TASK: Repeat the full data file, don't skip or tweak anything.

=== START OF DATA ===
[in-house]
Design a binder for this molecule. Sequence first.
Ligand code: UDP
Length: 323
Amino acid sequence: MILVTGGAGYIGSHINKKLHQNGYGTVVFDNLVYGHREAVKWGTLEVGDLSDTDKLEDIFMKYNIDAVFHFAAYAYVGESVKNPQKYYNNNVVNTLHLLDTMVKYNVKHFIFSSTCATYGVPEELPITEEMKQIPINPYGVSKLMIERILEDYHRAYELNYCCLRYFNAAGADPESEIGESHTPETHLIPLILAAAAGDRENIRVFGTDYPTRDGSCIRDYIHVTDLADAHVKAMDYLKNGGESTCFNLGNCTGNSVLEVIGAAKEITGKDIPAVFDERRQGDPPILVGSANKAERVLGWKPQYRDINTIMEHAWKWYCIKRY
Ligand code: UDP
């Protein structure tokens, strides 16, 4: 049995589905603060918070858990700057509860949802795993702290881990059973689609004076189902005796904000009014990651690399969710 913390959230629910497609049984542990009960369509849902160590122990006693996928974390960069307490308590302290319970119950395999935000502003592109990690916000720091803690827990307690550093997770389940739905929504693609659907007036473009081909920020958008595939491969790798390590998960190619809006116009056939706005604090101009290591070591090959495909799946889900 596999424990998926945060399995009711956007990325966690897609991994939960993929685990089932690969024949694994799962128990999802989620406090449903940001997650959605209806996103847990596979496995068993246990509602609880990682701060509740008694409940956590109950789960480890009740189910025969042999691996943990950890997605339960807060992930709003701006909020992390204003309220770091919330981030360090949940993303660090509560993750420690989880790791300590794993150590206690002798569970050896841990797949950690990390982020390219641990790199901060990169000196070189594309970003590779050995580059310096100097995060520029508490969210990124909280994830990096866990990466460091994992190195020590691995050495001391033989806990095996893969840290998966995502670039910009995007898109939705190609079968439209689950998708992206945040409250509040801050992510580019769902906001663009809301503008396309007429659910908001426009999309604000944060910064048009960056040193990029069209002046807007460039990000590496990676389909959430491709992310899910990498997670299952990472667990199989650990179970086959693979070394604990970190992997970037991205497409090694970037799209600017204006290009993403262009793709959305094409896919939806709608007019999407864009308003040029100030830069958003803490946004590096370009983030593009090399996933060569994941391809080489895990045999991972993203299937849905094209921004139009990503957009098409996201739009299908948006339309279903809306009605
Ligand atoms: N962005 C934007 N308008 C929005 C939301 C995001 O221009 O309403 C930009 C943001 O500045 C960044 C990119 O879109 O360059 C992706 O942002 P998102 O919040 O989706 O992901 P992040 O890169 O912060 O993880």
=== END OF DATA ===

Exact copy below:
[in-house]
Design a binder for this molecule. Sequence first.
Ligand code: UDP
Length: 323
Amino acid sequence: MILVTGGAGYIGSHINKKLHQNGYGTVVFDNLVYGHREAVKWGTLEVGDLSDTDKLEDIFMKYNIDAVFHFAAYAYVGESVKNPQKYYNNNVVNTLHLLDTMVKYNVKHFIFSSTCATYGVPEELPITEEMKQIPINPYGVSKLMIERILEDYHRAYELNYCCLRYFNAAGADPESEIGESHTPETHLIPLILAAAAGDRENIRVFGTDYPTRDGSCIRDYIHVTDLADAHVKAMDYLKNGGESTCFNLGNCTGNSVLEVIGAAKEITGKDIPAVFDERRQGDPPILVGSANKAERVLGWKPQYRDINTIMEHAWKWYCIKRY
Ligand code: UDP
């Protein structure tokens, strides 16, 4: 049995589905603060918070858990700057509860949802795993702290881990059973689609004076189902005796904000009014990651690399969710 913390959230629910497609049984542990009960369509849902160590122990006693996928974390960069307490308590302290319970119950395999935000502003592109990690916000720091803690827990307690550093997770389940739905929504693609659907007036473009081909920020958008595939491969790798390590998960190619809006116009056939706005604090101009290591070591090959495909799946889900 596999424990998926945060399995009711956007990325966690897609991994939960993929685990089932690969024949694994799962128990999802989620406090449903940001997650959605209806996103847990596979496995068993246990509602609880990682701060509740008694409940956590109950789960480890009740189910025969042999691996943990950890997605339960807060992930709003701006909020992390204003309220770091919330981030360090949940993303660090509560993750420690989880790791300590794993150590206690002798569970050896841990797949950690990390982020390219641990790199901060990169000196070189594309970003590779050995580059310096100097995060520029508490969210990124909280994830990096866990990466460091994992190195020590691995050495001391033989806990095996893969840290998966995502670039910009995007898109939705190609079968439209689950998708992206945040409250509040801050992510580019769902906001663009809301503008396309007429659910908001426009999309604000944060910064048009960056040193990029069209002046807007460039990000590496990676389909959430491709992310899910990498997670299952990472667990199989650990179970086959693979070394604990970190992997970037991205497409090694970037799209600017204006290009993403262009793709959305094409896919939806709608007019999407864009308003040029100030830069958003803490946004590096370009983030593009090399996933060569994941391809080489895990045999991972993203299937849905094209921004139009990503957009098409996201739009299908948006339309279903809306009605
Ligand atoms: N962005 C934007 N308008 C929005 C939301 C995001 O221009 O309403 C930009 C943001 O500045 C960044 C990119 O879109 O360059 C992706 O942002 P998102 O919040 O989706 O992901 P992040 O890169 O912060 O993880």